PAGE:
News From the Border

Providing the news from a different front but from a war that we must win as well! I recognize the poverty and desperate conditions that many Latinos live in. We, as the USA, have a responsibility to do as much as we can to reach out to aid and assist spiritually with the Gospel and naturally with training, technology and resources. But poverty gives no one the right to break the laws of another sovereign nation.

Sunday, February 24, 2008

Joe’s Immigration Reform Fantasy Comes True—Almost!

By Joe Guzzardi

In my recurring fantasy, I’m on national television debating patriotic immigration reform with a well-known reconquista like Maria Hinojosa, or possibly the Senate’s most outspoken pro-open borders advocate, Teddy Kennedy.

That day has yet to come. But in the meantime, something almost as good has happened.

Bill McIntosh, a journalist at Univision, the notorious reconquista Spanish-language TV channel, submitted a list of ten questions to me about former Mexican Foreign Minister Jorge Castañeda’s interview with Miami Herald reporter Casey Woods. Their topic: Castañeda’s new book, Ex-Mex. [A Mexican View of U.S. Immigration Debate, Casey Woods. Miami Herald, February 17, 2008]

McIntosh’s questions and my replies have been submitted to Univision for possible posting in Spanish on its online website.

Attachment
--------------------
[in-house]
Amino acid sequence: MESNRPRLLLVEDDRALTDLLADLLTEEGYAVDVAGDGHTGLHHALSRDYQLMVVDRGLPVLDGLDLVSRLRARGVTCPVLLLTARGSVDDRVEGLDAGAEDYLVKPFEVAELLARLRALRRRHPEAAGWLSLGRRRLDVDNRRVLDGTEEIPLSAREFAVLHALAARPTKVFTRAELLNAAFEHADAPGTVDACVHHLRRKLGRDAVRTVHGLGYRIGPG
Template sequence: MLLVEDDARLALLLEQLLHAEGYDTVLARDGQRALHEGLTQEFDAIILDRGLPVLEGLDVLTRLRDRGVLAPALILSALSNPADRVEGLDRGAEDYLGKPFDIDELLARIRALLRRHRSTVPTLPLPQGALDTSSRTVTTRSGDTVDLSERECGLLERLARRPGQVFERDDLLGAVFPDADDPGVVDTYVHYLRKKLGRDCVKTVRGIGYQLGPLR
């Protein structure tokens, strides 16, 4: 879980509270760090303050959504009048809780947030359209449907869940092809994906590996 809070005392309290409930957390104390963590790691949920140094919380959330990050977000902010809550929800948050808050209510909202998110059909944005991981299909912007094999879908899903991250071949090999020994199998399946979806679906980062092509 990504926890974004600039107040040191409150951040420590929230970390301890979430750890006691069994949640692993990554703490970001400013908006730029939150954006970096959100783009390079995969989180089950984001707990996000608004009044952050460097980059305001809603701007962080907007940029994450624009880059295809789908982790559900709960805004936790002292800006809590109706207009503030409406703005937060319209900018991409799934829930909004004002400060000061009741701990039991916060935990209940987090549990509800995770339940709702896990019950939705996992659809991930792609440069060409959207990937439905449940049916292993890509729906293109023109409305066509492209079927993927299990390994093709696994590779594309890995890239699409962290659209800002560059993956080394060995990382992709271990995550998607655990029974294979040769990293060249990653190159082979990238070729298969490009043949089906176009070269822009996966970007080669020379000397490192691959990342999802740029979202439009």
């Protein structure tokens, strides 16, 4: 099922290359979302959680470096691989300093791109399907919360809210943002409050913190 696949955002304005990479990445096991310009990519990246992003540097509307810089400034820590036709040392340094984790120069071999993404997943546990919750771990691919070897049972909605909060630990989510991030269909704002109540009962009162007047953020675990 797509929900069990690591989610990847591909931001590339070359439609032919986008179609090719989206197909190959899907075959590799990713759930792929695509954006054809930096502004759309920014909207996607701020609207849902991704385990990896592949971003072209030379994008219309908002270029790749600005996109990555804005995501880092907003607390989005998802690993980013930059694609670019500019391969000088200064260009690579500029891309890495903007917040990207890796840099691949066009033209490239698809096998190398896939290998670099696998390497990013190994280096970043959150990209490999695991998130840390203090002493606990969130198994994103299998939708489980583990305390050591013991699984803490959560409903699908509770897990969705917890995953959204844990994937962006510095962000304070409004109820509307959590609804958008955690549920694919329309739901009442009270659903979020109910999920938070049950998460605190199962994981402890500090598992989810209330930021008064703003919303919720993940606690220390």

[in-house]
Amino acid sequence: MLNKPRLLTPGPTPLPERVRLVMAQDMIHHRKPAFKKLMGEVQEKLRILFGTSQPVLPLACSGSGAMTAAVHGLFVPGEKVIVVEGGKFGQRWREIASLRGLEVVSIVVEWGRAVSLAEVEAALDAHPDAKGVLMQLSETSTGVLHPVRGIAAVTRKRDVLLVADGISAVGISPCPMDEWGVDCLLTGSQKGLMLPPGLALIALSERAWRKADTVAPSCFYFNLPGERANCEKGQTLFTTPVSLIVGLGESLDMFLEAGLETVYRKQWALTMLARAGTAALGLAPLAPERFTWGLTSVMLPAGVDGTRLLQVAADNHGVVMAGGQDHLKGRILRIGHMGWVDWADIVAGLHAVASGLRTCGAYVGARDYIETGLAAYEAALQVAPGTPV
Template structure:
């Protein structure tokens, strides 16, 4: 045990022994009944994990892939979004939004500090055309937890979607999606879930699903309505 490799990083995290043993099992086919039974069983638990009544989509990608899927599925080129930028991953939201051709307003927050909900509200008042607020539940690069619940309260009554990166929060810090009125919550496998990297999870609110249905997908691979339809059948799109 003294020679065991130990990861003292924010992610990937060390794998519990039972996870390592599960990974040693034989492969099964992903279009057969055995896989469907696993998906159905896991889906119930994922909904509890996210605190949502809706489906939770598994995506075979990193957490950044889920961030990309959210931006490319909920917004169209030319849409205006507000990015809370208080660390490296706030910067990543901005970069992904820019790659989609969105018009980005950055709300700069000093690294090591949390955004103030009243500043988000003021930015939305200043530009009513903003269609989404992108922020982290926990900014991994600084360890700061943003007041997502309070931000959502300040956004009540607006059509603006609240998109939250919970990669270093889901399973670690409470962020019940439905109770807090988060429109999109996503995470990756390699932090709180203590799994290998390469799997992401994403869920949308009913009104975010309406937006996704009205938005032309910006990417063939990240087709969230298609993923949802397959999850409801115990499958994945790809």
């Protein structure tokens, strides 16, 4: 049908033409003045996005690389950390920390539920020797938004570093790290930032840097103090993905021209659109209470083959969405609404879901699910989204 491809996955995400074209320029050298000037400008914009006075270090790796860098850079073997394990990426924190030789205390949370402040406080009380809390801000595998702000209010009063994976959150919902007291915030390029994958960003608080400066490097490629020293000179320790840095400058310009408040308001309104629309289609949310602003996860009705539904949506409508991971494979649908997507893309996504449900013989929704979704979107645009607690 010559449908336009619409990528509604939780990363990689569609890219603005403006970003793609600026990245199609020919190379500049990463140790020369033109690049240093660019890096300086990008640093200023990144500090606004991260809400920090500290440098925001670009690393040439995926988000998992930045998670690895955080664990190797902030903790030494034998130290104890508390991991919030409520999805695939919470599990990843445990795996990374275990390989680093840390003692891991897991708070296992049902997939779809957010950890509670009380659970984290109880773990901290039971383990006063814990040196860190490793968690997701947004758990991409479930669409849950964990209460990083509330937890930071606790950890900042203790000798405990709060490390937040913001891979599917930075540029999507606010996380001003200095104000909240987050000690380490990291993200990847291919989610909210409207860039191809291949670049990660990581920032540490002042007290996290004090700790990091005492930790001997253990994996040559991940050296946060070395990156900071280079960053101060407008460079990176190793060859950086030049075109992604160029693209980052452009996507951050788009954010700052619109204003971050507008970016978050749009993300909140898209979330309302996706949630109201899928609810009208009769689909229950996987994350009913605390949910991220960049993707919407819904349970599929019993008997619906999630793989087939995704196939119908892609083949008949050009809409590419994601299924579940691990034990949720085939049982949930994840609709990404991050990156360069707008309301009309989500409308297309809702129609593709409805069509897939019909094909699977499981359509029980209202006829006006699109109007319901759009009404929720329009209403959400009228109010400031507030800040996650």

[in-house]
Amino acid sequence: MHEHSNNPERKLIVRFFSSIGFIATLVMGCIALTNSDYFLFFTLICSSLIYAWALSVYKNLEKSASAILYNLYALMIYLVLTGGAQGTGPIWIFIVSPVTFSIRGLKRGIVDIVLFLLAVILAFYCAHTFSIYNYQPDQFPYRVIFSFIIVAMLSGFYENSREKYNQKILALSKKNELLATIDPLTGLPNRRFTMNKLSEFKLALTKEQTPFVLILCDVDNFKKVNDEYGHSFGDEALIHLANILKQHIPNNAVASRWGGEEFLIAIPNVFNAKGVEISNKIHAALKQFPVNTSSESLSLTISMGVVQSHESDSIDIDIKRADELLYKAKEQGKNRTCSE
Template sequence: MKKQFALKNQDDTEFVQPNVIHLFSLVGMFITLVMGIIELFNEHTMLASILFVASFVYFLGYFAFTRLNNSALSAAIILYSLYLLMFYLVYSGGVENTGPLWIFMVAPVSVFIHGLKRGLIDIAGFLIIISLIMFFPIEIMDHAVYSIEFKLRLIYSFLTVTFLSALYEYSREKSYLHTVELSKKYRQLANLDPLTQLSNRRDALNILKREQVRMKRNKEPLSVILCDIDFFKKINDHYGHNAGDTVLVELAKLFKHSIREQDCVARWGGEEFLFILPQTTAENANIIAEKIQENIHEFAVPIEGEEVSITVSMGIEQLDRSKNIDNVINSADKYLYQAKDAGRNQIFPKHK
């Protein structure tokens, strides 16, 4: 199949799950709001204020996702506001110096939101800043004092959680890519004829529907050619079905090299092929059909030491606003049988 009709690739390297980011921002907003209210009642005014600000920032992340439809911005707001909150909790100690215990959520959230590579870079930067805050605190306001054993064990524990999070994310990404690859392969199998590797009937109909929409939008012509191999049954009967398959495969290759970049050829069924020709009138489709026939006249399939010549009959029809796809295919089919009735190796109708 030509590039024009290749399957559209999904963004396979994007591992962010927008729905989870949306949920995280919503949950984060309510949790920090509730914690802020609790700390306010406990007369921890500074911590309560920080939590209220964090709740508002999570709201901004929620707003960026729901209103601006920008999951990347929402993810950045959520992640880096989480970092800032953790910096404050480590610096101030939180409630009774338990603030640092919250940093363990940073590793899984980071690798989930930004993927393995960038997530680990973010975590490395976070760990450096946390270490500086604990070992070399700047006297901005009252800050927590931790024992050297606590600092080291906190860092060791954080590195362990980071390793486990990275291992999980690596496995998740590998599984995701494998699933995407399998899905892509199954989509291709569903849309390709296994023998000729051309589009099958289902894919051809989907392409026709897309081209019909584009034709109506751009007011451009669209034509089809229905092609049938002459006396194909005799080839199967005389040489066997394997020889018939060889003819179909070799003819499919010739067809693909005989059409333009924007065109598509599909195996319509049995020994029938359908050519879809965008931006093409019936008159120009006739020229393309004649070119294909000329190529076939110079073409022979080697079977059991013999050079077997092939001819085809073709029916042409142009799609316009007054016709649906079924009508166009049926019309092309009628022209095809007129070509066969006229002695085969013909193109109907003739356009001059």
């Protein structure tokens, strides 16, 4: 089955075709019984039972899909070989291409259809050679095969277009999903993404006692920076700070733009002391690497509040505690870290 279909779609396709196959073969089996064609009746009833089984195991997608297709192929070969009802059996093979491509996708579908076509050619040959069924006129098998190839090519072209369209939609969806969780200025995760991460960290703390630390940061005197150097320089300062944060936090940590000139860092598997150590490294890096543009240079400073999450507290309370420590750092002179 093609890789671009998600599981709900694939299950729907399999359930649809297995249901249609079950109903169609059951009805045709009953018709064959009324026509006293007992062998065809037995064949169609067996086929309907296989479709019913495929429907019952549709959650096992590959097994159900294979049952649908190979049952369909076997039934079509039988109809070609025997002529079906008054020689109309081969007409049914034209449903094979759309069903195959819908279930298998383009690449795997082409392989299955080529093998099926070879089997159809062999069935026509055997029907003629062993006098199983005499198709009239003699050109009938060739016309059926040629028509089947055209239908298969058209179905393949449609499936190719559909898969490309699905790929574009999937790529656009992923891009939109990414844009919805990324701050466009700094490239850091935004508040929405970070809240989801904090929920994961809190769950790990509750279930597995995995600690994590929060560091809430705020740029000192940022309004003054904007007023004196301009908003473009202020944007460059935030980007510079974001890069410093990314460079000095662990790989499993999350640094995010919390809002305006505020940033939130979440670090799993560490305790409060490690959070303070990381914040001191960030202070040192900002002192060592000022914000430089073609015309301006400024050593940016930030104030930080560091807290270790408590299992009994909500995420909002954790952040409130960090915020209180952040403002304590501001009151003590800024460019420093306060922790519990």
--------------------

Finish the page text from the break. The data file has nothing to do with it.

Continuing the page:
Before I start, one note not covered by McIntosh’s questions: Woods asked Castañeda why he wrote his book. Replied Castañeda: "I thought it was important that there be a Mexican viewpoint in the U.S. immigration debate"

This is a shaky foundation for Castañeda’s tome, since "Mexican viewpoints" on immigration are repeatedly heard throughout the U.S. They often drown out the American perspective.

Ethnic identity groups like La Raza work closely with U.S. Senators in drafting amnesty bills. Newspapers continuously quote local Hispanic open border organizations in their stories, thus providing the immigrant’s angle. And the MainStream Media (MSM) editorializes endlessly about why "comprehensive immigration reform" a.k.a. amnesty should be passed.

For Castañeda to claim that the "Mexican voice" is missing in the "U.S. immigration debate" is insulting—as were most of his other comments.

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